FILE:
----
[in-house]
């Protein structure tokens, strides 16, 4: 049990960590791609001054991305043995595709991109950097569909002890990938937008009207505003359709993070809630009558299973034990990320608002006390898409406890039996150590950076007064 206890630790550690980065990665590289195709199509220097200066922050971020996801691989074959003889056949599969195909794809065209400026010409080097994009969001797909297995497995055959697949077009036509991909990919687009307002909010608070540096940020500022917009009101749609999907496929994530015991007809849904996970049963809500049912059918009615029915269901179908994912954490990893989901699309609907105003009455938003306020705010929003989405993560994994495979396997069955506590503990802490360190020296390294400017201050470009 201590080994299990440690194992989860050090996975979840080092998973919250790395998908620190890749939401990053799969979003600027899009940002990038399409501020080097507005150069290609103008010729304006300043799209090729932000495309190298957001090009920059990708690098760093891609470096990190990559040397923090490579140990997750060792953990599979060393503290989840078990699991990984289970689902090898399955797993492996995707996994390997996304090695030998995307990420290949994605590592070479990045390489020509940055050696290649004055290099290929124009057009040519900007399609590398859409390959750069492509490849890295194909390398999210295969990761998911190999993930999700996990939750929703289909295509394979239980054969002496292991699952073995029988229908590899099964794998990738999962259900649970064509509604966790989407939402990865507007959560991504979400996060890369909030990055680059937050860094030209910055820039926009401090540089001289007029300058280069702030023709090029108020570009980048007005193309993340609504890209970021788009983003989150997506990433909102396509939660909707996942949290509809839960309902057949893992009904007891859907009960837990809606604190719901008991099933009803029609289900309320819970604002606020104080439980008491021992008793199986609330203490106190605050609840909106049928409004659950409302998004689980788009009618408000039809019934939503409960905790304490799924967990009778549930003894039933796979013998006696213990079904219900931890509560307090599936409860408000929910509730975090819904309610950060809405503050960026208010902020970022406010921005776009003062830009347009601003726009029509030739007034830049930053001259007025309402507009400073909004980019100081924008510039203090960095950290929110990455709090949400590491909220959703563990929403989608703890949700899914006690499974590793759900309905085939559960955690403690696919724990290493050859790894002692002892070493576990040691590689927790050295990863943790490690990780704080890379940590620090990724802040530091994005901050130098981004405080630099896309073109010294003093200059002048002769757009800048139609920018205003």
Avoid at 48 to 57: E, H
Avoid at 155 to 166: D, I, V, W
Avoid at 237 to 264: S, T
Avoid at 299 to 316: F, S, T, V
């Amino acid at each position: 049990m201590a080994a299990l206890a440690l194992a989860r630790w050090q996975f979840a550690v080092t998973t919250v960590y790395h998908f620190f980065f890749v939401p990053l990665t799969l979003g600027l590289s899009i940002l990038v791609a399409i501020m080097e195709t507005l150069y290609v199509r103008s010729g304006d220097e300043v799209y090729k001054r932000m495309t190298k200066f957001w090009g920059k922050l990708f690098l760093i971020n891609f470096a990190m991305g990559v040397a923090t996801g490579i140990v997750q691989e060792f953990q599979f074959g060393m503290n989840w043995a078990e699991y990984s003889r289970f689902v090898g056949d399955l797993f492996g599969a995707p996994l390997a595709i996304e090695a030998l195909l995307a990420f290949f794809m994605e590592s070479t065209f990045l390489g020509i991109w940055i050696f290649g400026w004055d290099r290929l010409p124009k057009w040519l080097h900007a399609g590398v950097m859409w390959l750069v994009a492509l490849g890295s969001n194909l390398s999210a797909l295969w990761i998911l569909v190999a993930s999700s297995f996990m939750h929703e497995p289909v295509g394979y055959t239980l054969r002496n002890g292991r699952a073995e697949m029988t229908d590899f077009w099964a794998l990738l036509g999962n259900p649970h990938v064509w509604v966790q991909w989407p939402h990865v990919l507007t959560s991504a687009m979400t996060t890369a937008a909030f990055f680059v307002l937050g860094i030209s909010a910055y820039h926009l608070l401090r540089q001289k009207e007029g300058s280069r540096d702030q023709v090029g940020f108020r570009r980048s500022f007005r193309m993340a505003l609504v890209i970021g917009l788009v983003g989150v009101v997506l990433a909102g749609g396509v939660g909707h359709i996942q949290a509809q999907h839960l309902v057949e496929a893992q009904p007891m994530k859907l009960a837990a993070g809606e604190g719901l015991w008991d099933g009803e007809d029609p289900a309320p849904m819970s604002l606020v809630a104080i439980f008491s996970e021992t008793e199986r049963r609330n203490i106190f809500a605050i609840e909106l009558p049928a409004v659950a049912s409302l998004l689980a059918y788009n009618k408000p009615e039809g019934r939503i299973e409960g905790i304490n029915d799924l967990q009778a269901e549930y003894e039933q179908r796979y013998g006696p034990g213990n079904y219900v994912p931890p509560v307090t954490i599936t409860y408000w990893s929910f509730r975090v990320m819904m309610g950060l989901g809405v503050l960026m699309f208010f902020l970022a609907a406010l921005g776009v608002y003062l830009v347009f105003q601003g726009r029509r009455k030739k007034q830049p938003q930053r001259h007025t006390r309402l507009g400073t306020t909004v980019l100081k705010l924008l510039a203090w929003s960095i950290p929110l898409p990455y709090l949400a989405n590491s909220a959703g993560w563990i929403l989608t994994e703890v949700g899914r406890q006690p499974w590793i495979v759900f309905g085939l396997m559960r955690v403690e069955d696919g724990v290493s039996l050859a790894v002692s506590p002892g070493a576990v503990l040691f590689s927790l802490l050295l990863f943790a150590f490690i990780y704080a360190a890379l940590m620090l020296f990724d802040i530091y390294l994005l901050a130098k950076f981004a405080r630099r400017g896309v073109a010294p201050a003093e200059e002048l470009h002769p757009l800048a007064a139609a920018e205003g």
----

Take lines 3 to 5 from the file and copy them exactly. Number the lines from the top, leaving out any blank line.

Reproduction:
Avoid at 48 to 57: E, H
Avoid at 155 to 166: D, I, V, W
Avoid at 237 to 264: S, T